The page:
Reducing turnover in small business
Staff turnover can be a financially and logistically difficult exercise for a small business to deal with. With a small workforce, the loss of an experienced employee means pulling staff away from the operations of the business to recruit and train new staff. This can have significant impacts on the day-to-day operations of the business.
Small businesses, such as cafes, trades, retail and franchised outlets are high stress and fast-paced. It is understandable then, that some employees can burn out and start looking for an alternative. Staff leaving and entering a business is a natural part of the cycle, but if the workplace conditions accelerate or exacerbate this cycle, it can become a big problem. There are several ways to control staff turnover in a small business.
How do your managers see your employees?
Managers are often working in the business, as well as steering the ship from an administrative level. In many small businesses, they can also be the owner. It is important that owners and managers are able to guide success towards the business goals, rather than just for the sake of their own personal stake in the business. When the company does well, all staff should feel the positive effects of success rather than just being treated as cogs in the machine.
Staff recognise these attitudes, building trust and loyalty in decisions made by the business. Building this morale can be a strong influence on retention.
Consider flexible work arrangements
Small businesses don’t have the same luxuries as large corporations in creating totally flexible work arrangements. With a small team, they often rely on having “right team, right time” to allow the business to function properly. However, where they may be tasks or roles that could have flexibility for staff with special circumstances, it may make it easier for a trained employee to stay within the business, rather than looking elsewhere to achieve the work-life balance.
Specialised scheduling and HR software can help identify where changes can be made, and allow scheduling assistance, manage leave applications and allow managers to monitor roster changes from mobile and web.
Build career pathways
Career pathways in small business can be limited – especially where the owner of the business is managing the company as well. But that doesn’t meant here needs to be a ceiling on providing development opportunities for employees. Providing ongoing additional training and upskilling, as well as distributing responsibilities for more complex tasks allows the employee to see the very real impact they have on the business success.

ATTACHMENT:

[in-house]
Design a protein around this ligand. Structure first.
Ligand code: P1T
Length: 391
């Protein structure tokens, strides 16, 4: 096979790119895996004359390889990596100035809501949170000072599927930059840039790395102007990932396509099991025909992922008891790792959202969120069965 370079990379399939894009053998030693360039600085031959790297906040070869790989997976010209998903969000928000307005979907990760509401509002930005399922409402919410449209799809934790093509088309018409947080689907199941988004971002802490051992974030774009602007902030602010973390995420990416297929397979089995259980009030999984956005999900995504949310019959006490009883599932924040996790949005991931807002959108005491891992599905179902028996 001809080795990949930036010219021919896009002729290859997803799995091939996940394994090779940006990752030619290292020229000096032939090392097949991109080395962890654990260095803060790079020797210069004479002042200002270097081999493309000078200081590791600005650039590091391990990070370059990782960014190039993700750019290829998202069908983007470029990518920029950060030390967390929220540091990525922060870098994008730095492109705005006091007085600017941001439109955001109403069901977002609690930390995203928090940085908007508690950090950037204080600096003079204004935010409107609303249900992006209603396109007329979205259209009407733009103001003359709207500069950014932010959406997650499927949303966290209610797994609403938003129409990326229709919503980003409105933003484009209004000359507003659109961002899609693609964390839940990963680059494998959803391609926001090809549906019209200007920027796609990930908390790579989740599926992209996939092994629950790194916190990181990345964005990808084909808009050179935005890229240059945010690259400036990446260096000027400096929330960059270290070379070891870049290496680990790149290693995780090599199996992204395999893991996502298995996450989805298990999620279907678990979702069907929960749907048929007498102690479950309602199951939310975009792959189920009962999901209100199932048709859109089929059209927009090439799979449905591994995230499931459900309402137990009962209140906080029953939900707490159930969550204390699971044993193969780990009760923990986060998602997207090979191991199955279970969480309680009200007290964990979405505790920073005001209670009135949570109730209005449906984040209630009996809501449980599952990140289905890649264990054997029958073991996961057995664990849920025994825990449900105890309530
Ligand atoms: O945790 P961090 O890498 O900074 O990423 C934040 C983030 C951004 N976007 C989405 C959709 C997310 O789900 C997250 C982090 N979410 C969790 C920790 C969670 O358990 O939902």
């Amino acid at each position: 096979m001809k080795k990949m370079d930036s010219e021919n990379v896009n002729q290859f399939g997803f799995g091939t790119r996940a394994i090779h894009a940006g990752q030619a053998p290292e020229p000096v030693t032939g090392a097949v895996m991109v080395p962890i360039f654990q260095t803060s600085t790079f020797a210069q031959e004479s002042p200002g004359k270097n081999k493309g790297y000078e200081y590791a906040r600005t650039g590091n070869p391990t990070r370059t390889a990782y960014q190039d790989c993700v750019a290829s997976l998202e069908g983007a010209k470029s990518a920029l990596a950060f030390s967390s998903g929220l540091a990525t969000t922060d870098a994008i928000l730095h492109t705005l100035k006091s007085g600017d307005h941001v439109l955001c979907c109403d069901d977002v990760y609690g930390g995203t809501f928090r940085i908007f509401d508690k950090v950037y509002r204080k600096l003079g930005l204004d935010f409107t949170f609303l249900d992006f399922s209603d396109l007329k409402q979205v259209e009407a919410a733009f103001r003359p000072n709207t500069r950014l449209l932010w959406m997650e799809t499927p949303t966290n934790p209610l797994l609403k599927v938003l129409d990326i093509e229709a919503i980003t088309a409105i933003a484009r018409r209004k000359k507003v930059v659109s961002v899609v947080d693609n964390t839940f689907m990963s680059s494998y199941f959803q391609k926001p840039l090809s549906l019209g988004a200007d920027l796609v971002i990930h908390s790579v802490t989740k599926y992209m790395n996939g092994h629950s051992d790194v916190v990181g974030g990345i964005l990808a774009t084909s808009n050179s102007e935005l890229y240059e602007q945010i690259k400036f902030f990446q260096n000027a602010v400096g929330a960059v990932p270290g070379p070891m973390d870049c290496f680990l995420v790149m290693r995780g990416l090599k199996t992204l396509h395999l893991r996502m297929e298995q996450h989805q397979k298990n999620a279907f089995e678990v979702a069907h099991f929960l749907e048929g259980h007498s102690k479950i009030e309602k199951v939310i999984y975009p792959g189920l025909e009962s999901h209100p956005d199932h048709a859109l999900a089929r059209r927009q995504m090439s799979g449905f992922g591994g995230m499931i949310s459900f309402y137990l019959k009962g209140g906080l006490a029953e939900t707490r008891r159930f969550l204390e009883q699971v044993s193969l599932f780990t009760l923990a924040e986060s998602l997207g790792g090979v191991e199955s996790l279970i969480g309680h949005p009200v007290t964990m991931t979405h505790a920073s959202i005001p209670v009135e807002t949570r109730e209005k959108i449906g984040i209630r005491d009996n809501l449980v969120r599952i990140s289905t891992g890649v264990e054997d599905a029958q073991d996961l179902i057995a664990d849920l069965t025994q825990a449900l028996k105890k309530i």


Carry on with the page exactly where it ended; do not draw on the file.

Developing skills, through internal and external programs, can help the business expand and make it easier to promote current staff when it does. Work with individual employees to work towards mutually beneficial career development goals.
Salaries, bonuses and benefits
One of the more obvious ways to reduce staff turnover is to provide attractive remuneration packages. However, money should never been seen as a way to buy loyalty. Benefits, such as flexible work arrangements or higher superannuation, recognition for individual achievements or even just a regular morning tea can build the team culture and morale and make the business a better place to work.
This sort of company culture brings untold benefits in loyalty, trust, desire to succeed and communication within the business. A little money spent in the short-term can pay big dividends long-term in retaining your best workers.
Recognise hard work
It doesn’t have to take monetary rewards to acknowledge excellent performance. Good managers will always be on the lookout for employees going over and above for the business. Simply recognising this through verbal feedback at the time can be a big motivator for the individual and their teammates. Managers can also share the results of how these small achievements benefit the business more broadly. This can be an extraordinary motivator to stay in the business and lets staff see the real effect their efforts have.